ECB has "sterilised" its purchases by taking an equal amount of
money in deposits, so the effect on the money supply is neutral,
and many of its policymakers are uncomfortable with its scheme.
While some Fed policymakers have recently suggested ending
their scheme early, the U.S. central bank has not sterilised
purchases and overall has appeared more comfortable with them.
This month the Fed reiterated a pledge to keep interest rates,
currently near zero, at very low levels for an extended period.
"They are happy enough to keep rates low and they are not
particularly agitated about the other roles they have taken on,"
Vanessa Rossi, senior research fellow at London-based think tank
Chatham House, said of the Fed.
"They are not pressing to quickly end these roles, whereas
in Europe it's clear that the ECB has been uncomfortable with
unconventional policies and would like to get back to what it
The divergence between the ECB and the Fed has produced
situations where the ECB seems to be publicly criticising the
U.S. central bank. In January Trichet declared central banks
should not focus on core inflation, which excludes food and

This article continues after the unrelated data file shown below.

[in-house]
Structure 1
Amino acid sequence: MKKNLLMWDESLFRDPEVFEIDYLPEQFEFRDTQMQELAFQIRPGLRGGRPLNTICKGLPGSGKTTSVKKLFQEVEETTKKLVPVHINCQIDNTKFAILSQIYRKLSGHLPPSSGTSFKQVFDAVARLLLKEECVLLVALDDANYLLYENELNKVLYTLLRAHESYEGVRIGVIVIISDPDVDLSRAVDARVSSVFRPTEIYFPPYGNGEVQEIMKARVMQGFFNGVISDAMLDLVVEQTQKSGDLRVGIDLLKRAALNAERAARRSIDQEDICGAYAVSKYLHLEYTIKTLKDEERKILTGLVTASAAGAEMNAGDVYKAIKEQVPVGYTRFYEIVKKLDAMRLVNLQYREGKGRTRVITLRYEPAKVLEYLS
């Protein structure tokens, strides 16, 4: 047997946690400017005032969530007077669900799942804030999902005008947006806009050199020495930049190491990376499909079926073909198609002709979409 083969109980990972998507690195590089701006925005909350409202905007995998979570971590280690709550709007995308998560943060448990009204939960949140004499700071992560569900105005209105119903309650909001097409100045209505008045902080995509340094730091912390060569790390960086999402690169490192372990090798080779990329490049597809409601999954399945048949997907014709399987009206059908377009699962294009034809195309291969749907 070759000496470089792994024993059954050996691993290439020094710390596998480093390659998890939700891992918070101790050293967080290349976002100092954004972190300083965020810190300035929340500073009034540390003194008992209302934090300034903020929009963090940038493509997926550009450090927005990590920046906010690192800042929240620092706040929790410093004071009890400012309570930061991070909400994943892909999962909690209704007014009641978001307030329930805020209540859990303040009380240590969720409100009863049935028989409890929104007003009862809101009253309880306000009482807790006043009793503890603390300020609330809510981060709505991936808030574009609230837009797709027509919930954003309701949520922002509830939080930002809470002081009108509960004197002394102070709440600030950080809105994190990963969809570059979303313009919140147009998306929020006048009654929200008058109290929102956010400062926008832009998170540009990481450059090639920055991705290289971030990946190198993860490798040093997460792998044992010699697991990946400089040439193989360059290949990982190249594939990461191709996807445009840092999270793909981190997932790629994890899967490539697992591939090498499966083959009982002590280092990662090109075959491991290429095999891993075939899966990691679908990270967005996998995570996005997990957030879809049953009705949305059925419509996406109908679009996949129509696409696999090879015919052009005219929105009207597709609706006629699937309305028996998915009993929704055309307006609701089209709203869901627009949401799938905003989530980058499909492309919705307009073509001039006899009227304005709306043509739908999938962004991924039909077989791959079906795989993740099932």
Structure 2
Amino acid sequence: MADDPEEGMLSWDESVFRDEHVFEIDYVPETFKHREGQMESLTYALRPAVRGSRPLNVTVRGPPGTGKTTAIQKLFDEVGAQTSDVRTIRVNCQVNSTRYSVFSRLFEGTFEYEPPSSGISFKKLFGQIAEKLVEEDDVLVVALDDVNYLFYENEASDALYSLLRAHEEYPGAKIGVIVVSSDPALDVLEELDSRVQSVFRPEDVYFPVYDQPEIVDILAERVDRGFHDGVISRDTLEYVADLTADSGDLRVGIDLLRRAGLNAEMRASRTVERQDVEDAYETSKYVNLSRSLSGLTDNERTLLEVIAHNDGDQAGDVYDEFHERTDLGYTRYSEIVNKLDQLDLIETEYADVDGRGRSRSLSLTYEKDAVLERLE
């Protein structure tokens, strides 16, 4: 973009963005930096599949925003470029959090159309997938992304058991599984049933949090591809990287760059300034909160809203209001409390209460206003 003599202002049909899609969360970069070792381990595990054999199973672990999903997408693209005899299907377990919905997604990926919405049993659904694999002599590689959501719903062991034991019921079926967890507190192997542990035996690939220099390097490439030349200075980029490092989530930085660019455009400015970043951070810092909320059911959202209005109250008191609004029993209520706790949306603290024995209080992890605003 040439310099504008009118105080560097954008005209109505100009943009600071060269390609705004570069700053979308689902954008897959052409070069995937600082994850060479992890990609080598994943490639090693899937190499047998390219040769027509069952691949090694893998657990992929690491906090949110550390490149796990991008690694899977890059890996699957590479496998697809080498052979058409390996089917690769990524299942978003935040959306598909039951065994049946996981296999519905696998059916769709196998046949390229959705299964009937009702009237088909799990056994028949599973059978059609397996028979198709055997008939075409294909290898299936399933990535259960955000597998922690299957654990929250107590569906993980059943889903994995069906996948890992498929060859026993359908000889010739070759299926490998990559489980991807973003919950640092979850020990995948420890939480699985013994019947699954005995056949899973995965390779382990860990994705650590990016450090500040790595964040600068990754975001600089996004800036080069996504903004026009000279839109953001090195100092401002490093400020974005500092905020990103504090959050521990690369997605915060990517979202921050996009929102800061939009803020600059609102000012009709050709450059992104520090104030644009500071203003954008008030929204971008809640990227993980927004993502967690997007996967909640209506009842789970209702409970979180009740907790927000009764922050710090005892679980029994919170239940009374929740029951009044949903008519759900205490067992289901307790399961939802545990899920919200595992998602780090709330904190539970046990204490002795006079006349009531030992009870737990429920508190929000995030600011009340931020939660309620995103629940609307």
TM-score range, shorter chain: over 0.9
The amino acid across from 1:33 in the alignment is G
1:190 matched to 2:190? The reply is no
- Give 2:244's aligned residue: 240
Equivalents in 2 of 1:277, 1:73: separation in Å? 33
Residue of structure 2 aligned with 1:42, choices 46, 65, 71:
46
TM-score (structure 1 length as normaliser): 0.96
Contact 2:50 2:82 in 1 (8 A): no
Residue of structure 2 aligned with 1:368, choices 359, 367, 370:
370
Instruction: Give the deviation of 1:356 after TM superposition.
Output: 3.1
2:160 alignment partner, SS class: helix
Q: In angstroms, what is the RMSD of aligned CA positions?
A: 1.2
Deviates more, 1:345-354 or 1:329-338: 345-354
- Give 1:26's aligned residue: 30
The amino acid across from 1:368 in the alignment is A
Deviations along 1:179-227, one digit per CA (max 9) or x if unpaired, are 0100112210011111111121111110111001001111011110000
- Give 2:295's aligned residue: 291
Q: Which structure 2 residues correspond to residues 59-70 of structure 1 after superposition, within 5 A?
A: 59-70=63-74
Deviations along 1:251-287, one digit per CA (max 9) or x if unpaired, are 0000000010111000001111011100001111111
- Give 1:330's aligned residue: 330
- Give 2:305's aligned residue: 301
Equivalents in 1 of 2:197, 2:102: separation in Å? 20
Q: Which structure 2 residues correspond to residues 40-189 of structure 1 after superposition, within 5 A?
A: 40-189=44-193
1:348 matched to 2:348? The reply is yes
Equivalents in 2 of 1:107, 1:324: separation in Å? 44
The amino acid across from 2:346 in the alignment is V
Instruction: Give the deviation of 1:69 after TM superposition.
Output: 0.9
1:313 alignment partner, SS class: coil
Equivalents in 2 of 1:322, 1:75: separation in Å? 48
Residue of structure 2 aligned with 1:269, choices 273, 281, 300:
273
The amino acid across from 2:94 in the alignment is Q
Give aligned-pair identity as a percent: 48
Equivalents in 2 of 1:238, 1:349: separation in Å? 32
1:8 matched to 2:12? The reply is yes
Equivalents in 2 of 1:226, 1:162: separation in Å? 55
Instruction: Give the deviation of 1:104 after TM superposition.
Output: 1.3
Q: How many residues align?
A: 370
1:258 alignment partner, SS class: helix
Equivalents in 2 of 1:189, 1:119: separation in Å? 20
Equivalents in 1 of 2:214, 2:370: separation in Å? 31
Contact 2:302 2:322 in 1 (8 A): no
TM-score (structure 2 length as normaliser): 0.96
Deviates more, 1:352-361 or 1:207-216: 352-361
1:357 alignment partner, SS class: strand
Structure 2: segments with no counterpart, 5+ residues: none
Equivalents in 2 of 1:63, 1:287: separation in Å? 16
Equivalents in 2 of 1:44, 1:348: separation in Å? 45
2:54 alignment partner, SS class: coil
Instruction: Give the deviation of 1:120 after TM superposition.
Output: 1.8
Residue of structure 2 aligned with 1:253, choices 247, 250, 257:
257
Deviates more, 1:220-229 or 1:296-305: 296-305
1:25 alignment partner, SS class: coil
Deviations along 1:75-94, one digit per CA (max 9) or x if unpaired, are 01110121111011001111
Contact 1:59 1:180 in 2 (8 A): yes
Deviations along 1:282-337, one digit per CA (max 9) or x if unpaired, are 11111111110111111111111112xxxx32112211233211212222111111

energy prices; the Fed has long looked at core inflation.
A Reuters poll of analysts published on Wednesday suggested
the ECB will raise rates when it meets next week and is set to
follow with a couple more hikes by the end of the year. By
contrast, the Fed is not expected to hike until 2012. [ECB/INT]
Many analysts expect it to close the interest rate gap with
the ECB when it eventually does start hiking, since weakness in
indebted economies on the periphery of the euro zone may
restrict the ECB's room to tighten policy.
"Can you have a protracted decoupling of Fed and ECB
policies?" asked Matthews. "That's probably unlikely."
Nevertheless, the new balance in the global economy probably
means that in future, it will not be possible to assume the ECB
will follow the Fed in changing course on monetary policy. The
eventual recovery of peripheral euro zone economies from their
debt crises, perhaps in a few years, may reinforce this change.
(Editing by Andrew Torchia)